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Pecking Order


Whenever I struggle with a teaching problem, I often turn to my farm for solutions. Somehow the natural world of plants and animals always seems to point me in the right direction. This week I’m struggling with helping my students come together as a learning community. Some of my students are loud and boisterous while others are quiet and reserved. I want both types of students to be included in the activities and learning environment, but sometimes the more extraverted students take over. Tending to my chickens this morning, I was reminded about this challenge as I greeted Princess. Princess is the only chicken I have named. I try not to get too attached to the chickens because I’ve lost a few to nature events such as racoons and coyotes. But Princess is special. She was one of 3 younger chickens that I introduced to my older flock. They seemed to have integrated well and were living a happy chicken life. Then, one night when I checked the barn, I found one chicken with blood on her head and what looked like a hole. After further inspection I discovered she had been pecked by the other chickens. I immediately separated her and took care of her wounds. She seemed to appreciate the saving and extra care because after that she became quite attached to me. Every day, as soon as I open her coop door, she comes right up to me and lets me pet her and carry her around. But no matter what I try, the only way for her to be safe is to keep her separated from the other birds. She doesn’t seem to mind and enjoys her solitary life. She gets some special privileges, like free reign of the barn during the day and extra time with me in the garden and yard. She also has a name. Princess just seems to fit. Thinking about this has reminded me that as a teacher part of my job is to tend to the whole flock and to create safe spaces for all my students. Some students need to verbalize and talk with others to learn. Others need quiet and time to process information. At times I need to quiet the cackling hens or the boisterous young voices and give the quiet ones a chance to spread their wings. It can be difficult at times to manage such different needs, but as teachers it is important to try to make our classrooms a safe place for all students.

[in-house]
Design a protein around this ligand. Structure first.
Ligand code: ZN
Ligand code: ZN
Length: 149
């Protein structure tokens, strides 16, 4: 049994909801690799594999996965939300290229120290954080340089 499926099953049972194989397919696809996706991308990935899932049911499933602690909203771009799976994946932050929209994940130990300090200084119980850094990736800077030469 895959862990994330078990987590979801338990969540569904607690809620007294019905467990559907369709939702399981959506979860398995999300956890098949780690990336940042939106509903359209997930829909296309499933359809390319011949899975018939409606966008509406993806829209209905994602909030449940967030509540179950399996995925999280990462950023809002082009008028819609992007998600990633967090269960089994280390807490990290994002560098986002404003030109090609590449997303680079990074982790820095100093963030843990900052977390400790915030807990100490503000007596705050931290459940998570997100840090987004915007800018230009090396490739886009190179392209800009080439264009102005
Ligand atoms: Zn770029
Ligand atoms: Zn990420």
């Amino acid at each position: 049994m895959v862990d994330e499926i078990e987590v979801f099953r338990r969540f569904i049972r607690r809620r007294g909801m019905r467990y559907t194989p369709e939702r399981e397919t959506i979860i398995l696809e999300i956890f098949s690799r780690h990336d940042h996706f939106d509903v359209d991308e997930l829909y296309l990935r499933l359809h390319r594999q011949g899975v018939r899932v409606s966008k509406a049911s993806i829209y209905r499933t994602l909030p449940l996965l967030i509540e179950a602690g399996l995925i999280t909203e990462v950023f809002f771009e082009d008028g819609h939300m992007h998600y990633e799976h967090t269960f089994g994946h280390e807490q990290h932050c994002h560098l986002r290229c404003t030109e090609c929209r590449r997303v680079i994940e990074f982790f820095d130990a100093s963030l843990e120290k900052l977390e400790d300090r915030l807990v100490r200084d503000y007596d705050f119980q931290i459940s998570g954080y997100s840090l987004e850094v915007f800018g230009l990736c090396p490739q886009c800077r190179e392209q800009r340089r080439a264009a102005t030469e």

Standing up for students and helping them navigate the classroom often helps strengthen the teacher-student relationship, just as it strengthened my relationship with Princess. After I "saved” Princess, she seemed to trust that she was safe in my presence. I’ve seen this same thing happen with students. In my book, Because of 4, I share the story of how one student Rick had a particularly hard time getting along with other students. One day as he avoided a fight, I was there to help him process his emotions. That action allowed him to trust me and changed our relationship and interactions for the better. After that moment, he responded much like Princess, accepting me near him and looking to me for a safe space. Sometimes the best way to stop the destructive patterns of a pecking order is to just create space whether it’s a physical space or just a trusted space where the student knows someone cares.



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